In the time of COVID-19, life has changed. Going slowly insane under strict lockdown conditions, Clay is thrilled to meet Vincent. It doesn’t matter the man has somehow gained access to his home and woken him in the middle of the night; Vincent is mysterious. Not to mention a lover like no other Clay has ever had, or suspects he ever will again.
In the days after Vincent leaves, Clay is desperate to make contact with the vampire again. For reasons that remain elusive, Clay thinks he may have fallen in love with Vincent at first sight. The vampire is all he can think about, but dare he enter the vampire’s abode? Only able to leave his home under cover of darkness, there are too many risks involved in entering the abandoned building down by the railway line.
He has a choice to make. Does he push himself to do what his common-sense tells him not to? Or should he wait at home, hoping for another visit? The tension he feels may just drive him insane.
“Thank you for showing me that. What a wonderful gift to have. And you have so many.”
“We all have gifts, Clay.”
They walked across the oval to the other side, climbing over the small wire fence to get to the footpath.
“But your gifts ... your gifts are something else.”
Vincent placed an arm around Clay’s shoulders. “It depends how you look at things. Yes, I can call the animals to me, but it’s a lonely thing to be what I am.”
There was a note of ... what? sadness? longing? ... in the vampire’s voice.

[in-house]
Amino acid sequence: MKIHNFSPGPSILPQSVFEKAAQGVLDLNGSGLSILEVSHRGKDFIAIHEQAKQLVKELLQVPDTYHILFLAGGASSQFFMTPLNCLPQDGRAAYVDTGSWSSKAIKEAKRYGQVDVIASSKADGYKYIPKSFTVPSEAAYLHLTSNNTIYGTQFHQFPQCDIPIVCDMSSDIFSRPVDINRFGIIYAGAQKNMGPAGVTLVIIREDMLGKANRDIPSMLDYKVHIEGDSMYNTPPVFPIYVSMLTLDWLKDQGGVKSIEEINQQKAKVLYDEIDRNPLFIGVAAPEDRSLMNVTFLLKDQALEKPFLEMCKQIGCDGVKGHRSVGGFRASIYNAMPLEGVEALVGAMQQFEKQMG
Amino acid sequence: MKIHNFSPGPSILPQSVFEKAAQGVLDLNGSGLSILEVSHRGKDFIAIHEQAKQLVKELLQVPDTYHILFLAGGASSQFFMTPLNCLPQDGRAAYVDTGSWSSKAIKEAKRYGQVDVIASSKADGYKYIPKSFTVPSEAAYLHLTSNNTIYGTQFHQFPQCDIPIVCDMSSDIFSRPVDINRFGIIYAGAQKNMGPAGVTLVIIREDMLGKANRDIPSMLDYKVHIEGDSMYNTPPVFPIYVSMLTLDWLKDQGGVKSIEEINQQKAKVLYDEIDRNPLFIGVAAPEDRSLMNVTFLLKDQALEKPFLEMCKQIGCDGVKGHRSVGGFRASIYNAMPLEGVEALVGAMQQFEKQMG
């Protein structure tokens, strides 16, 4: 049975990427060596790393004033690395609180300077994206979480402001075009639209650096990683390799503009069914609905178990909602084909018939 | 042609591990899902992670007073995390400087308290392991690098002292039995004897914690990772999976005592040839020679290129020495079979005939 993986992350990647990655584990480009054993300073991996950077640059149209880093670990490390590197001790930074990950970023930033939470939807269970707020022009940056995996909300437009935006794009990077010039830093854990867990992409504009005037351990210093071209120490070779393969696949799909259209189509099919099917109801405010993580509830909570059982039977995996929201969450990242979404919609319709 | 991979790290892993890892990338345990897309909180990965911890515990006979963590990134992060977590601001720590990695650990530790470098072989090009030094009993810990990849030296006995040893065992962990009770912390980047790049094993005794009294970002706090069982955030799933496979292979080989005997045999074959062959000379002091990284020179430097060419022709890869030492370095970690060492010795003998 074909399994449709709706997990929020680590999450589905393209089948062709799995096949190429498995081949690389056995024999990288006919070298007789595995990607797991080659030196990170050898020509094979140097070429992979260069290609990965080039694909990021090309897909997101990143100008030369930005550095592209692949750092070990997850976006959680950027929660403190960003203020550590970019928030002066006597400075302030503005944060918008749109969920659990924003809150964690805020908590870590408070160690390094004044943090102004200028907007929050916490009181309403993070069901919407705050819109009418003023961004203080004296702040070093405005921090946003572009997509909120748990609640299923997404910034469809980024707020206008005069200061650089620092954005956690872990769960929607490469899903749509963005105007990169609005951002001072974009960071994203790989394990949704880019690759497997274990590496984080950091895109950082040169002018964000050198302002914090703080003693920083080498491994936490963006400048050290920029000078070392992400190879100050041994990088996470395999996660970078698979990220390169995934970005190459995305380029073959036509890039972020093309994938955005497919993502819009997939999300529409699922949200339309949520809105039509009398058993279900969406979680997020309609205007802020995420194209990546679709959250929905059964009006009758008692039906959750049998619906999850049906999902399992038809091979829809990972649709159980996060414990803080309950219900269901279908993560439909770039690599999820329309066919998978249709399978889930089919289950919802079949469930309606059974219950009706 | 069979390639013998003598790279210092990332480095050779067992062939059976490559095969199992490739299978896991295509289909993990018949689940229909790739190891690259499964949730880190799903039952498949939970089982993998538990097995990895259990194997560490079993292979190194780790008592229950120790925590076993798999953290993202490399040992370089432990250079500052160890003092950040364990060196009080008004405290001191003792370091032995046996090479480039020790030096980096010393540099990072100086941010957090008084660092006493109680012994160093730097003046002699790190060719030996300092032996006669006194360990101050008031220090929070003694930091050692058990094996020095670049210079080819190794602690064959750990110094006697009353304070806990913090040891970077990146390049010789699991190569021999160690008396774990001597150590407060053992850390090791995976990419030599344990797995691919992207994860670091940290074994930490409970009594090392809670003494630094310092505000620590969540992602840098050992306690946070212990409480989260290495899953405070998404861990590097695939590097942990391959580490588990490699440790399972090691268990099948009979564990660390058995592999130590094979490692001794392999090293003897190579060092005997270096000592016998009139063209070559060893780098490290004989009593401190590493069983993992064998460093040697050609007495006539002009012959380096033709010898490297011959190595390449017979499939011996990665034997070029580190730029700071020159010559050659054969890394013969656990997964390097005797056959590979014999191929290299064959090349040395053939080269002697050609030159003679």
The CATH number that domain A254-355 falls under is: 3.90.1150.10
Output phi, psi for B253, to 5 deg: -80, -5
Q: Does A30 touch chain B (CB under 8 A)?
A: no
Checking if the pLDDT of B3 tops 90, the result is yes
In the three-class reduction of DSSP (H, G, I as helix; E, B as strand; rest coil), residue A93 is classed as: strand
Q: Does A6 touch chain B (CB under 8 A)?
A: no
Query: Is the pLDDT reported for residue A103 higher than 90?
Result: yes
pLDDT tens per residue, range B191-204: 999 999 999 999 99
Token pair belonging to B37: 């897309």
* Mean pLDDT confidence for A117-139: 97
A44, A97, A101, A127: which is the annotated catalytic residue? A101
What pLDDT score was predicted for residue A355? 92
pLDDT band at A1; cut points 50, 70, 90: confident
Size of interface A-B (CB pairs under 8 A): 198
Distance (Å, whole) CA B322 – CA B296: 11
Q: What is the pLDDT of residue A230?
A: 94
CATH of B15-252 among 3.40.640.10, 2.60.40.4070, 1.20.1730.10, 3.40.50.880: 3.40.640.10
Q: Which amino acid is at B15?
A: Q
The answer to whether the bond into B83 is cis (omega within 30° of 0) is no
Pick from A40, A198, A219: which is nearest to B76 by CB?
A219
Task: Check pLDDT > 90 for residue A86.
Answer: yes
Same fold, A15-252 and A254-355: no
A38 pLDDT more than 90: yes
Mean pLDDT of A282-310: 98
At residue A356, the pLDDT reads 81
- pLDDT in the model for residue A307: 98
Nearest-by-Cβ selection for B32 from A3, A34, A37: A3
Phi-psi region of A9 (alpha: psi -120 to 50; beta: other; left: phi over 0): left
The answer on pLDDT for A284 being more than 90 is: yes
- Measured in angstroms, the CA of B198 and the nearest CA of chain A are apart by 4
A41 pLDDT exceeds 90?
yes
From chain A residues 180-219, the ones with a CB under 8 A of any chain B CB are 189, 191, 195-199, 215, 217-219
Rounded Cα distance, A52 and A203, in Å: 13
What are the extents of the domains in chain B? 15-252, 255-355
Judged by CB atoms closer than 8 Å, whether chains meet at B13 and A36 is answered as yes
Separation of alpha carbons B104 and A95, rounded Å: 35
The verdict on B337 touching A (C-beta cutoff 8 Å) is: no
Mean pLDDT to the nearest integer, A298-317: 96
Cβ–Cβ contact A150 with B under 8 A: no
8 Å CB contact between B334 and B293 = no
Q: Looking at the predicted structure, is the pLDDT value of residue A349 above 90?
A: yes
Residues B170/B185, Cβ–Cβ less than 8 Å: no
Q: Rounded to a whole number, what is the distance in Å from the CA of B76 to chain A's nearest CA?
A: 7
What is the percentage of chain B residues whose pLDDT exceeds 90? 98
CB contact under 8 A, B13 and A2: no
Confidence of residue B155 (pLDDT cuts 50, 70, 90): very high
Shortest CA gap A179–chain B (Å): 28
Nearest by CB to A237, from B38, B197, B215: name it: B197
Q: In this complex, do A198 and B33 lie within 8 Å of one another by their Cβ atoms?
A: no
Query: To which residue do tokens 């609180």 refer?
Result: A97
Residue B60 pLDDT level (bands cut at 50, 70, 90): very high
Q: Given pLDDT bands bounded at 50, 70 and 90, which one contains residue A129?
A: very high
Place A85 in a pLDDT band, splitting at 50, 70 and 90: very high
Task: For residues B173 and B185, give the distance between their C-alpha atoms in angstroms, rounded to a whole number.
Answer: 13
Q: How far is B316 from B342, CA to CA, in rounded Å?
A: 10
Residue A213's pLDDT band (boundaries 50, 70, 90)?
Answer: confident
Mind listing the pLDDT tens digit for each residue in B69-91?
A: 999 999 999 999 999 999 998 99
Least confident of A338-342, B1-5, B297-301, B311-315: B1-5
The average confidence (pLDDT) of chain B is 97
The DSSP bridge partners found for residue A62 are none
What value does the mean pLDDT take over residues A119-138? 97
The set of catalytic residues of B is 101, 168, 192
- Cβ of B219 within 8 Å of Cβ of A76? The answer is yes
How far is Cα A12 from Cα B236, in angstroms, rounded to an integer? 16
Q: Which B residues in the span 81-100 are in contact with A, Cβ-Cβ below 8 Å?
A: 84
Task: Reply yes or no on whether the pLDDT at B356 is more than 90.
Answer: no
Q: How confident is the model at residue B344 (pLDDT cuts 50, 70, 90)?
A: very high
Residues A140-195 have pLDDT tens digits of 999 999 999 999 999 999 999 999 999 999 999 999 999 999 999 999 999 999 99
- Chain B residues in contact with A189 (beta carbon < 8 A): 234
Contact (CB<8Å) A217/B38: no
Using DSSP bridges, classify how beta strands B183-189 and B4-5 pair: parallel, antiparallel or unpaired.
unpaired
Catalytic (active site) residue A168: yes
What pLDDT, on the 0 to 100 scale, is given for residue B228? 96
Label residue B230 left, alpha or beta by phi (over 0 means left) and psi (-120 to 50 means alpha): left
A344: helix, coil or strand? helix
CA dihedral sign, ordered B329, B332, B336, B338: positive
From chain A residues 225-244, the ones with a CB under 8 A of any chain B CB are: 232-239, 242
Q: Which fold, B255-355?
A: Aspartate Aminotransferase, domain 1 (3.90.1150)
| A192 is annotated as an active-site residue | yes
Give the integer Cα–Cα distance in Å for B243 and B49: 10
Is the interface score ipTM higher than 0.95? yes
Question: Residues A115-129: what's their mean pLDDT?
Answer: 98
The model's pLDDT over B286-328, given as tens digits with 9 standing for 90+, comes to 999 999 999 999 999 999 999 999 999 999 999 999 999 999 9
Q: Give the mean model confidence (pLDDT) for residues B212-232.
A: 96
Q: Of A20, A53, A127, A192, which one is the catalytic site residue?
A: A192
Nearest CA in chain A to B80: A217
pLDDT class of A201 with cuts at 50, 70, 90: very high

“It’s no picnic existing alone in this world, without any family. Without friends.”
“Do you have ... I mean, you had a family. Once. Do you ...?”
“My father died some years ago. My mother is in a home, so aged I could barely recognise her. My two sisters…well, I am dead to them and they must be dead to me. Why torment them with a visit?”
Clay’s eyes misted over. He wrapped a comforting arm around Vincent’s waist.
“I can be your family,” he said.
Vincent stopped and kissed him. By the powdery illumination of a street light, Clay could see that Vincent was smiling.
“Don’t you already have a family?”
“Yes, but I could have two. It’s no more difficult to have two.”
Vincent cupped Clay’s face and kissed him.
“You’re a special man, Clay. Don’t ever change.”
They recommenced walking, passing house after house with darkened windows, lit only by the LED displays on the various electronics they owned. A dog barked at them as they passed, but fell silent as they walked further along the footpath. The night air, cool against Clay’s face, and the silence, so absolute it brought him a sense of calmness he could not remember having felt before.
They might have been the only two people alive on the planet that night.
“I want you to come and live with me,” he said suddenly.
The vampire turned to Clay.
“You heard. I want you to come and live with me.”
“Clay, I couldn’t do that. It would be ...”
“What would it be?” Clay interrupted. “It would be better than that dirty, dangerous old building you’re staying in now? Why would you rather stay there when you didn’t have to?”
“It’s dark. I can sleep in peace knowing that no-one is going to bother me.”
“But for how long? One day developers will come along and tear it down. Build apartments. The place will be swarming with people.”
“Then I’ll find somewhere else,” Vincent replied matter-of-factly.
Clay turned to Vincent, taking hold of both his hands.
“Move in with me,” he said, looking longingly into Vincent’s eyes. “I have a spare room. I’ll buy some heavy curtains for the windows. I’ll put a blanket over the door so no light comes in through the cracks. You can lock the door from the inside. You’ll be safer there than anywhere.”
“I just don’t know if it’s too early for this.”